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Why don’t birds get frozen feet? And other amazing avian adaptations

Posted on 28 Jan 2020

If you’ve ever visited a wetland in winter, you’ll know that it’s far from a quiet time of year. Waders whirling in flocks, thousands of geese and swans arriving from the freezing Arctic and raptors swooping in with deadly energy to send the saltmarsh into chaos.

Although filled with food, wetlands can be exposed places in winter for waterbirds like ducks, geese and swans. Despite our warming planet, some places are still extremely cold with wintery conditions that might last as late as April. So how are birds adapted for life out on wet and windy wetlands?

a shelduck on ice
Many waterbirds like shelduck are at home in cold conditions

Why birds’ feet don’t freeze in cold water

When you see waterbirds standing around in cold water, or wandering across the ice, you might wonder why they don’t get frostbite. The secret is in a thermoregulatory adaptation that helps them manage the difference in temperature between their feet and the ice.

Many waterbirds have a counter-current heat exchange system in their feet. This means that warm arterial blood and cold blood pass by closely together as it’s pumped around, reducing the temperature of their feet but also keeping them mobile. The result is that the birds’ feet and the ice are closer in temperature, which reduces the risk of frostbite setting in. This is because the greater the difference between the two surfaces (the ice and the feet), the more heat is lost from the hot object (the foot) increasing the risk of frostbite.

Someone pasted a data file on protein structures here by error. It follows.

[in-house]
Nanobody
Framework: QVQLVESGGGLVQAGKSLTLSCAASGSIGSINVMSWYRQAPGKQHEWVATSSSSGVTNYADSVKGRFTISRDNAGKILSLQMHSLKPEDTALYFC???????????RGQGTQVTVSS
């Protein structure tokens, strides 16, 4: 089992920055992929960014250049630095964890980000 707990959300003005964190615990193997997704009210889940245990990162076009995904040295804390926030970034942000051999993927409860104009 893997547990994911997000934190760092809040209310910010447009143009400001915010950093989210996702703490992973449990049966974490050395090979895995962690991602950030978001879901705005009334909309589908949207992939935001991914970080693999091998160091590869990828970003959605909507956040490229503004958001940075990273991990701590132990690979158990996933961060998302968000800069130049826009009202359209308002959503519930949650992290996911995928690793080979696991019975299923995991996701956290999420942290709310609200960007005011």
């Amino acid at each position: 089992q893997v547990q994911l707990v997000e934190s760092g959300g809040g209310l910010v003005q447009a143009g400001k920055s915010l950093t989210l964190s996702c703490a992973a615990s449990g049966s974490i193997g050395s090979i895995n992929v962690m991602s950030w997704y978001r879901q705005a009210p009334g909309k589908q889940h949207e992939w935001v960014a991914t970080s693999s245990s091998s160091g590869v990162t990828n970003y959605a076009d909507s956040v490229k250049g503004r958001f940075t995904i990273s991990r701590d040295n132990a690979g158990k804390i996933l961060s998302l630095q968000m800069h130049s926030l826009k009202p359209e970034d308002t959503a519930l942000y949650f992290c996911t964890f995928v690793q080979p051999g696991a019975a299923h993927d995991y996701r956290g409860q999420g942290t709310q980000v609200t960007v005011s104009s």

Why birds feet don't freeze in cold weather
warm arterial blood and cold blood pass by closely together as it’s pumped around

Geese generally prefer to be on land and can be seen grouping together on the ground at night. If there’s been a big frost, they often leave little goose-shaped patches (complete with goose poop) to show where they’ve been!

At WWT reserves we install special bubbling features to keep our ponds free of ice and safe for ducks.

Still confused? Watch our aviculture expert Phoebe explain the process.

Feathered functionality

Feathers are one of the defining features of a bird, and as well as enabling flight they’re also incredibly insulating. In fact, feathers evolved first for insulation before flight, as the earliest birds evolved to become warm-blooded. They have a preen gland, which is located at the base of the tail and produces the oil that the bird must rub all over its body to waterproof feathers. Herons and egrets even have special feathers called ‘powder down’ which break off into particles a bit like talcum powder, also to help with waterproofing.

If you look closely, you might see birds ‘fluffing’ their extremely dense feathers to trap air - essentially, it’s like having a down coat but attached to your own body. The nest feathers of the eider duck have long been prized for coats and bedding because of their amazing insulating qualities.

Wood pigeon in winter
A wood pigeon fluffs its feathers to stay warm.

Like a duck to water

Because we associate ducks with water you’d be forgiven for thinking that ducks love the rain (ever heard someone say ‘nice weather for ducks’ on a rainy day?). But actually they prefer drier weather just like the rest of us.